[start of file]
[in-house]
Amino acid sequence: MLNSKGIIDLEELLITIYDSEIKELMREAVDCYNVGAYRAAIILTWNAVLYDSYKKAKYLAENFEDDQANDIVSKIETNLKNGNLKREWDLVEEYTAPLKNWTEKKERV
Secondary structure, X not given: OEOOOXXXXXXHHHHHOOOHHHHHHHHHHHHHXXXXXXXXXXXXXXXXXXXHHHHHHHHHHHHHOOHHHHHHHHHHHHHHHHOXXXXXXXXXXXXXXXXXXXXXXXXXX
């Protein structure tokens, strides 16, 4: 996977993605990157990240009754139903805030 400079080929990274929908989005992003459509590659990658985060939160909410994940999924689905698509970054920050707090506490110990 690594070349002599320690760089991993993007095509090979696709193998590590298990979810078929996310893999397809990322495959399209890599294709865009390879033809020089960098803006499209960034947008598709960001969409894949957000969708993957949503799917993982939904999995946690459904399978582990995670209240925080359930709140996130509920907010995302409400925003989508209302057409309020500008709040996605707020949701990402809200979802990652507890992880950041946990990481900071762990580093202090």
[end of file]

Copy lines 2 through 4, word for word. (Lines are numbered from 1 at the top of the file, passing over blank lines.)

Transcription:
Amino acid sequence: MLNSKGIIDLEELLITIYDSEIKELMREAVDCYNVGAYRAAIILTWNAVLYDSYKKAKYLAENFEDDQANDIVSKIETNLKNGNLKREWDLVEEYTAPLKNWTEKKERV
Secondary structure, X not given: OEOOOXXXXXXHHHHHOOOHHHHHHHHHHHHHXXXXXXXXXXXXXXXXXXXHHHHHHHHHHHHHOOHHHHHHHHHHHHHHHHOXXXXXXXXXXXXXXXXXXXXXXXXXX
């Protein structure tokens, strides 16, 4: 996977993605990157990240009754139903805030 400079080929990274929908989005992003459509590659990658985060939160909410994940999924689905698509970054920050707090506490110990 690594070349002599320690760089991993993007095509090979696709193998590590298990979810078929996310893999397809990322495959399209890599294709865009390879033809020089960098803006499209960034947008598709960001969409894949957000969708993957949503799917993982939904999995946690459904399978582990995670209240925080359930709140996130509920907010995302409400925003989508209302057409309020500008709040996605707020949701990402809200979802990652507890992880950041946990990481900071762990580093202090």